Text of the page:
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Gilly, William F.
Gilly, William F.
Gilly, William F. and Maher, Susan
Corporate Author:
Stanford Historical Society
William Gilly is a biology professor at Stanford’s Hopkins Marine Station whose research has contributed to our basic understanding of electrical excitability in nerve and muscle cells in a wide variety of organisms ranging from brittle stars to mammals. In this interview, Gilly discusses the path his science career has taken, including measuring gas diffusion across membranes, patch clamping giant squid neurons, and retracing John Steinbeck and Edward Ricketts’s expedition to the Sea of Cortez. Beyond his research, he explains how he has incorporated exploration and discovery into his courses and science outreach. Gilly begins the interview with his affinity for Uncle Wiggly, an aged but adventurous rabbit from a series of children’s stories, and describes his own independent forays into the natural surroundings of Allentown, Pennsylvania when he was a child. He explains his family’s technical background and how his interest in ham radio led him to pursue an electrical engineering degree at Princeton. Gilly details the independent undergraduate research project that landed him in a neurophysiology lab, shifted his focus to biology, and, despite inconclusive results, earned him an award from his engineering department. He describes his acceptance to the PhD program at Washington University in St. Louis and how, when his advisor died suddenly, a network of friends and acquaintances from Yale University, the Marine Biological Laboratory at Woods Hole, and the University of Washington’s Friday Harbor Laboratories enabled him to complete his research and thesis in physiology and biophysics and to begin a postdoctoral fellowship in Clara Franzini-Armstrong’s lab at the University of Pennsylvania, studying the role of ion channels in electrical signaling in squid axons. This expertise, Gilly explains, resulted in his appointment at Stanford, working at Hopkins Marine Station where he could collect squid specimens directly from the bay. Citing his experiences both as a scientist and fisherman, he opines on the ways that the Monterey Bay has and has not recovered. After discussing the bureaucratic challenges of achieving tenure, he launches into stories about the classes he has taught, including a technical training course on patch clamping squid neurons, a holistic biology class that involved field research in Baja California Big Sur and the Salinas River, and the Steinbeck Summer Institutes program for primary educators. A central text to many of these courses is Steinbeck and Ricketts’s Sea of Cortez: A Leisurely Journal of Travel and Research, and Gilly discusses how he and several colleagues organized their own expedition based on Steinbeck and Ricketts’s sea voyage. He details preparations and sponsorship for the trip and mentions how the original expedition’s ship, the Western Flyer, is being restored for outreach and possible future trips. Gilly talks about his other outreach work, including donating giant squid to primary classrooms for his Squid4Kids program, trying to mount a critter-cam on a squid for National Geographic TV, and serving as a National Geographic Expert on their Lindblad cruises in the Sea of Cortez. He concludes the interview by discussing his current project helping to set up a community-run marine lab in Santa Rosalía, Baja California Sur, Mexico and how it might be used for environmental research and education.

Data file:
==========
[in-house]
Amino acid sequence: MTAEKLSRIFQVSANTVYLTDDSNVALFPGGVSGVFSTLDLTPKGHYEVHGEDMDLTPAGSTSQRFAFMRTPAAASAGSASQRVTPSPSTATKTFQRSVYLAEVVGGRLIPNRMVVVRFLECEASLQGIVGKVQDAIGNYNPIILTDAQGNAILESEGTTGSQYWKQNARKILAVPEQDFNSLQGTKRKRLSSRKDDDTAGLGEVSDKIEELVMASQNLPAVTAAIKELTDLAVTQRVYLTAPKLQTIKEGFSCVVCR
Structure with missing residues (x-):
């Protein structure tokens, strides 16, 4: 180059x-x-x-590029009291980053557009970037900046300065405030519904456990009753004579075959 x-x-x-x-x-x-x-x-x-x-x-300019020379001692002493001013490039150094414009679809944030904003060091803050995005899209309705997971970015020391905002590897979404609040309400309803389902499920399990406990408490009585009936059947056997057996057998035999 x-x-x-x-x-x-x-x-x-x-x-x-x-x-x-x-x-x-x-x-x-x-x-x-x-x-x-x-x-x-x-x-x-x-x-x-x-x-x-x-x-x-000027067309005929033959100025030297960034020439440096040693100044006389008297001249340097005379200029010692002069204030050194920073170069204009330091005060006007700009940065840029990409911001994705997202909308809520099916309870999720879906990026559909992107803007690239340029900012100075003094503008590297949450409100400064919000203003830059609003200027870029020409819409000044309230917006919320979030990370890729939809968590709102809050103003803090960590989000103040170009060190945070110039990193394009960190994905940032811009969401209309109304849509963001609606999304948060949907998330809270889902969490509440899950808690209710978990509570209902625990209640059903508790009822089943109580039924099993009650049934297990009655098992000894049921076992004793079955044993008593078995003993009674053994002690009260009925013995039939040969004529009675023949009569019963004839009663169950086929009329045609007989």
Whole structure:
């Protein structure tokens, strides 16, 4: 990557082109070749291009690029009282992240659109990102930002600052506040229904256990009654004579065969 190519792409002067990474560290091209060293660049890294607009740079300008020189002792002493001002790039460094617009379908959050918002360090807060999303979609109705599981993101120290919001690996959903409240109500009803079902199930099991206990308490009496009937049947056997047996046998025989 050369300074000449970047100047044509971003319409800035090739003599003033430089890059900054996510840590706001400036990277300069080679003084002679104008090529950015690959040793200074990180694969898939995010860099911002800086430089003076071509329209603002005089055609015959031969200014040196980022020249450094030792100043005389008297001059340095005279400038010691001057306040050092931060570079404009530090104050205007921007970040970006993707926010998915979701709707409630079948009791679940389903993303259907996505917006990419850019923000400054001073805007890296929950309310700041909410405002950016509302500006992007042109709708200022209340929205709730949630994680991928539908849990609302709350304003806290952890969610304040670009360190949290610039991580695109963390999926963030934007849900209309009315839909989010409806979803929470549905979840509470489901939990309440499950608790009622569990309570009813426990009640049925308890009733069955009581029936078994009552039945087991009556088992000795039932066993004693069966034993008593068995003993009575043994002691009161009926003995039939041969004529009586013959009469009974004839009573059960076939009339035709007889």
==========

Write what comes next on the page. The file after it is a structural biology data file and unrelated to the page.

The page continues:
William F. Gilly, Stanford Historical Society, oral histories, interviews, higher education, professors, marine biology, marine biologists, Hopkins Marine Station, Monterey Bay, Humboldt squid, Sea of Cortez Expedition and Education Project, Squids4Kids, universities and colleges--faculty, universities and colleges--research, and holistic biology
February 22, 2016
Stanford Historical Society Oral History Program interviews, 1999-2012